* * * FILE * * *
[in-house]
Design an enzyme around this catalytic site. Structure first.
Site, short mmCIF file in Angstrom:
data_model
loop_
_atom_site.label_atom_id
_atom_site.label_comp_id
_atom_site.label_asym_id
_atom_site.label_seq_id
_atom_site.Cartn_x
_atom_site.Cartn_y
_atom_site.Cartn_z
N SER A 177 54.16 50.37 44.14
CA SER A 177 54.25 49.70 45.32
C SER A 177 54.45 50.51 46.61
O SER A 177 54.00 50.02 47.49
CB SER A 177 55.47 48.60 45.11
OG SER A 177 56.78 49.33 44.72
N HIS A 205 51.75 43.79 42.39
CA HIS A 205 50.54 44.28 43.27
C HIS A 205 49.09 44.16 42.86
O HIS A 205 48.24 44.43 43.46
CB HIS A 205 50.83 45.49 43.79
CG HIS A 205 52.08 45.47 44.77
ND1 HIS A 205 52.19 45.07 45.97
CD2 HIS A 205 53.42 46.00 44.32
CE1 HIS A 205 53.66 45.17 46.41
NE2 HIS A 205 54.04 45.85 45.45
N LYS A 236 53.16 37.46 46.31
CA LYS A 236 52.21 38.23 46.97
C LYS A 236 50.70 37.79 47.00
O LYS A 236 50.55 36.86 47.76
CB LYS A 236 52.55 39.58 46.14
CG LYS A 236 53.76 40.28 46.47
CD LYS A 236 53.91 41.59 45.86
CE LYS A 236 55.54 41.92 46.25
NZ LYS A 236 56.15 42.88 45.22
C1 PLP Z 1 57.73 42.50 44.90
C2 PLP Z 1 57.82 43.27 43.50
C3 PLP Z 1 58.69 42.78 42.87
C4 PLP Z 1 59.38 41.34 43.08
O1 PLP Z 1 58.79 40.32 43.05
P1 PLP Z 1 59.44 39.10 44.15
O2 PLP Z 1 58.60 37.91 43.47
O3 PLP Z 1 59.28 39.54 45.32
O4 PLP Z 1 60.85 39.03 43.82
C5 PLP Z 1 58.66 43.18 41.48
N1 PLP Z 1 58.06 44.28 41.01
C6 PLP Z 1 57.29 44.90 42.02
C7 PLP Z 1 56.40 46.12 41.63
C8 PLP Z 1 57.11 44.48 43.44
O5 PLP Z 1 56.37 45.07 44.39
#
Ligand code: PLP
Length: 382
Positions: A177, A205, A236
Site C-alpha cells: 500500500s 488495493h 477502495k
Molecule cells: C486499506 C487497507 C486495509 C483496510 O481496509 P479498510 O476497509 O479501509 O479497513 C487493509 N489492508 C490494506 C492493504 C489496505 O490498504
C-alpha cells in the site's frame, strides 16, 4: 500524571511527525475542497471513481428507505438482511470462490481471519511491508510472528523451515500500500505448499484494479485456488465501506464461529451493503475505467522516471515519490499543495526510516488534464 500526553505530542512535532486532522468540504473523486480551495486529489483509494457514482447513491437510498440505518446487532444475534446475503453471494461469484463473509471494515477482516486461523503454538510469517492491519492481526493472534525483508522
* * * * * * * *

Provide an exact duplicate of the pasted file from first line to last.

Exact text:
[in-house]
Design an enzyme around this catalytic site. Structure first.
Site, short mmCIF file in Angstrom:
data_model
loop_
_atom_site.label_atom_id
_atom_site.label_comp_id
_atom_site.label_asym_id
_atom_site.label_seq_id
_atom_site.Cartn_x
_atom_site.Cartn_y
_atom_site.Cartn_z
N SER A 177 54.16 50.37 44.14
CA SER A 177 54.25 49.70 45.32
C SER A 177 54.45 50.51 46.61
O SER A 177 54.00 50.02 47.49
CB SER A 177 55.47 48.60 45.11
OG SER A 177 56.78 49.33 44.72
N HIS A 205 51.75 43.79 42.39
CA HIS A 205 50.54 44.28 43.27
C HIS A 205 49.09 44.16 42.86
O HIS A 205 48.24 44.43 43.46
CB HIS A 205 50.83 45.49 43.79
CG HIS A 205 52.08 45.47 44.77
ND1 HIS A 205 52.19 45.07 45.97
CD2 HIS A 205 53.42 46.00 44.32
CE1 HIS A 205 53.66 45.17 46.41
NE2 HIS A 205 54.04 45.85 45.45
N LYS A 236 53.16 37.46 46.31
CA LYS A 236 52.21 38.23 46.97
C LYS A 236 50.70 37.79 47.00
O LYS A 236 50.55 36.86 47.76
CB LYS A 236 52.55 39.58 46.14
CG LYS A 236 53.76 40.28 46.47
CD LYS A 236 53.91 41.59 45.86
CE LYS A 236 55.54 41.92 46.25
NZ LYS A 236 56.15 42.88 45.22
C1 PLP Z 1 57.73 42.50 44.90
C2 PLP Z 1 57.82 43.27 43.50
C3 PLP Z 1 58.69 42.78 42.87
C4 PLP Z 1 59.38 41.34 43.08
O1 PLP Z 1 58.79 40.32 43.05
P1 PLP Z 1 59.44 39.10 44.15
O2 PLP Z 1 58.60 37.91 43.47
O3 PLP Z 1 59.28 39.54 45.32
O4 PLP Z 1 60.85 39.03 43.82
C5 PLP Z 1 58.66 43.18 41.48
N1 PLP Z 1 58.06 44.28 41.01
C6 PLP Z 1 57.29 44.90 42.02
C7 PLP Z 1 56.40 46.12 41.63
C8 PLP Z 1 57.11 44.48 43.44
O5 PLP Z 1 56.37 45.07 44.39
#
Ligand code: PLP
Length: 382
Positions: A177, A205, A236
Site C-alpha cells: 500500500s 488495493h 477502495k
Molecule cells: C486499506 C487497507 C486495509 C483496510 O481496509 P479498510 O476497509 O479501509 O479497513 C487493509 N489492508 C490494506 C492493504 C489496505 O490498504
C-alpha cells in the site's frame, strides 16, 4: 500524571511527525475542497471513481428507505438482511470462490481471519511491508510472528523451515500500500505448499484494479485456488465501506464461529451493503475505467522516471515519490499543495526510516488534464 500526553505530542512535532486532522468540504473523486480551495486529489483509494457514482447513491437510498440505518446487532444475534446475503453471494461469484463473509471494515477482516486461523503454538510469517492491519492481526493472534525483508522